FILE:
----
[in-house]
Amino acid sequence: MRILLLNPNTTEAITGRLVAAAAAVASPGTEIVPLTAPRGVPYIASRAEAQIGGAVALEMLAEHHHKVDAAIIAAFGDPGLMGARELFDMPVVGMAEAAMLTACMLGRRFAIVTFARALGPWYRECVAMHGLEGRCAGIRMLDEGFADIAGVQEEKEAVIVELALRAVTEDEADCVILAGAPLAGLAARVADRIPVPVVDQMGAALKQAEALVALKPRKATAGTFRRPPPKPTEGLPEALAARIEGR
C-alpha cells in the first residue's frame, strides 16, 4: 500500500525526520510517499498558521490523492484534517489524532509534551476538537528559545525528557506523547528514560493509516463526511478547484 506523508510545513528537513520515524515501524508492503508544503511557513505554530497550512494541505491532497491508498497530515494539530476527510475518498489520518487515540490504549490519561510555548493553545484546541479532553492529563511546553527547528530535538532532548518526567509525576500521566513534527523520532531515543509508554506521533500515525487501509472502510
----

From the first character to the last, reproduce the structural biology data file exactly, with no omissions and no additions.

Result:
[in-house]
Amino acid sequence: MRILLLNPNTTEAITGRLVAAAAAVASPGTEIVPLTAPRGVPYIASRAEAQIGGAVALEMLAEHHHKVDAAIIAAFGDPGLMGARELFDMPVVGMAEAAMLTACMLGRRFAIVTFARALGPWYRECVAMHGLEGRCAGIRMLDEGFADIAGVQEEKEAVIVELALRAVTEDEADCVILAGAPLAGLAARVADRIPVPVVDQMGAALKQAEALVALKPRKATAGTFRRPPPKPTEGLPEALAARIEGR
C-alpha cells in the first residue's frame, strides 16, 4: 500500500525526520510517499498558521490523492484534517489524532509534551476538537528559545525528557506523547528514560493509516463526511478547484 506523508510545513528537513520515524515501524508492503508544503511557513505554530497550512494541505491532497491508498497530515494539530476527510475518498489520518487515540490504549490519561510555548493553545484546541479532553492529563511546553527547528530535538532532548518526567509525576500521566513534527523520532531515543509508554506521533500515525487501509472502510